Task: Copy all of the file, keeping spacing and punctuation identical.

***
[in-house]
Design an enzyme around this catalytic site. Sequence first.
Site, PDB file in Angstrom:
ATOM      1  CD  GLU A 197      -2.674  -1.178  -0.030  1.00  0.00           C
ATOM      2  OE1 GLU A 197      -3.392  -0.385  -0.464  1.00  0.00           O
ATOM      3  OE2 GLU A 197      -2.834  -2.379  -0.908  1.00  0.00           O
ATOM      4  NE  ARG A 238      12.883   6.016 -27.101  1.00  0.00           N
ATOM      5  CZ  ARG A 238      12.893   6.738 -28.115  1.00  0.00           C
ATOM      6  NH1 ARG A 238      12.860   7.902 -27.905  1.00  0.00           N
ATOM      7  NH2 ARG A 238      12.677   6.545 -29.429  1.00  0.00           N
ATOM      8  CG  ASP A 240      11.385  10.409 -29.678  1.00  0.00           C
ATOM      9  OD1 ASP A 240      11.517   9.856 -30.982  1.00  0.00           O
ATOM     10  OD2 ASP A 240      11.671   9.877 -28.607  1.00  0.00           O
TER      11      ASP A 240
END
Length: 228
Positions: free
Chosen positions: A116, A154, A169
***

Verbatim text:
[in-house]
Design an enzyme around this catalytic site. Sequence first.
Site, PDB file in Angstrom:
ATOM      1  CD  GLU A 197      -2.674  -1.178  -0.030  1.00  0.00           C
ATOM      2  OE1 GLU A 197      -3.392  -0.385  -0.464  1.00  0.00           O
ATOM      3  OE2 GLU A 197      -2.834  -2.379  -0.908  1.00  0.00           O
ATOM      4  NE  ARG A 238      12.883   6.016 -27.101  1.00  0.00           N
ATOM      5  CZ  ARG A 238      12.893   6.738 -28.115  1.00  0.00           C
ATOM      6  NH1 ARG A 238      12.860   7.902 -27.905  1.00  0.00           N
ATOM      7  NH2 ARG A 238      12.677   6.545 -29.429  1.00  0.00           N
ATOM      8  CG  ASP A 240      11.385  10.409 -29.678  1.00  0.00           C
ATOM      9  OD1 ASP A 240      11.517   9.856 -30.982  1.00  0.00           O
ATOM     10  OD2 ASP A 240      11.671   9.877 -28.607  1.00  0.00           O
TER      11      ASP A 240
END
Length: 228
Positions: free
Chosen positions: A116, A154, A169